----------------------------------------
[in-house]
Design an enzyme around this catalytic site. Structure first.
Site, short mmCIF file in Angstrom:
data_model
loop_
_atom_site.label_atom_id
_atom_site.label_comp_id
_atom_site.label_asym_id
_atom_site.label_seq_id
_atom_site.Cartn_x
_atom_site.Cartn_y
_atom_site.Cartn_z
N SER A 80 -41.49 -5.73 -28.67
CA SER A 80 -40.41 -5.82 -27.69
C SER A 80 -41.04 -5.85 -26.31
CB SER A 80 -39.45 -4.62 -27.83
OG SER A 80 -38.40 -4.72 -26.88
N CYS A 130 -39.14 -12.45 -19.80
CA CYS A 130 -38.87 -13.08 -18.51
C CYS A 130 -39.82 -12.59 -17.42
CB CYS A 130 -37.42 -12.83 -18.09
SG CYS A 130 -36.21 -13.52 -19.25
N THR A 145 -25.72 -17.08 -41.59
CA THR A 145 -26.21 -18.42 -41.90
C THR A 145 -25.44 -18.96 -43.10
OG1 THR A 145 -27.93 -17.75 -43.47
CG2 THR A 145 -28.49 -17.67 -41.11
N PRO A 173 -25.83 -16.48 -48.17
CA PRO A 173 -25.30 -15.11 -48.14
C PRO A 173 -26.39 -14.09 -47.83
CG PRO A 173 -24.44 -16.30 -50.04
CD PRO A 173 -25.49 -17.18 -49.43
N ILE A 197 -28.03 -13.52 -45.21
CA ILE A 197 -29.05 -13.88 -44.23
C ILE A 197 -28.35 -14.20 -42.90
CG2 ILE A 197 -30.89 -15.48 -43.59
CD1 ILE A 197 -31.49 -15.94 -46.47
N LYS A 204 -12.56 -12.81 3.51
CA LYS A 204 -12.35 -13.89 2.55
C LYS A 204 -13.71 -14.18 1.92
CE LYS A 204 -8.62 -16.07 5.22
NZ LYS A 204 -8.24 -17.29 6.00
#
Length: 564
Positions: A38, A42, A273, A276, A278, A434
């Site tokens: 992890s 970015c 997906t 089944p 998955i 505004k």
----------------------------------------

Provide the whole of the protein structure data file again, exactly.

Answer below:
[in-house]
Design an enzyme around this catalytic site. Structure first.
Site, short mmCIF file in Angstrom:
data_model
loop_
_atom_site.label_atom_id
_atom_site.label_comp_id
_atom_site.label_asym_id
_atom_site.label_seq_id
_atom_site.Cartn_x
_atom_site.Cartn_y
_atom_site.Cartn_z
N SER A 80 -41.49 -5.73 -28.67
CA SER A 80 -40.41 -5.82 -27.69
C SER A 80 -41.04 -5.85 -26.31
CB SER A 80 -39.45 -4.62 -27.83
OG SER A 80 -38.40 -4.72 -26.88
N CYS A 130 -39.14 -12.45 -19.80
CA CYS A 130 -38.87 -13.08 -18.51
C CYS A 130 -39.82 -12.59 -17.42
CB CYS A 130 -37.42 -12.83 -18.09
SG CYS A 130 -36.21 -13.52 -19.25
N THR A 145 -25.72 -17.08 -41.59
CA THR A 145 -26.21 -18.42 -41.90
C THR A 145 -25.44 -18.96 -43.10
OG1 THR A 145 -27.93 -17.75 -43.47
CG2 THR A 145 -28.49 -17.67 -41.11
N PRO A 173 -25.83 -16.48 -48.17
CA PRO A 173 -25.30 -15.11 -48.14
C PRO A 173 -26.39 -14.09 -47.83
CG PRO A 173 -24.44 -16.30 -50.04
CD PRO A 173 -25.49 -17.18 -49.43
N ILE A 197 -28.03 -13.52 -45.21
CA ILE A 197 -29.05 -13.88 -44.23
C ILE A 197 -28.35 -14.20 -42.90
CG2 ILE A 197 -30.89 -15.48 -43.59
CD1 ILE A 197 -31.49 -15.94 -46.47
N LYS A 204 -12.56 -12.81 3.51
CA LYS A 204 -12.35 -13.89 2.55
C LYS A 204 -13.71 -14.18 1.92
CE LYS A 204 -8.62 -16.07 5.22
NZ LYS A 204 -8.24 -17.29 6.00
#
Length: 564
Positions: A38, A42, A273, A276, A278, A434
């Site tokens: 992890s 970015c 997906t 089944p 998955i 505004k």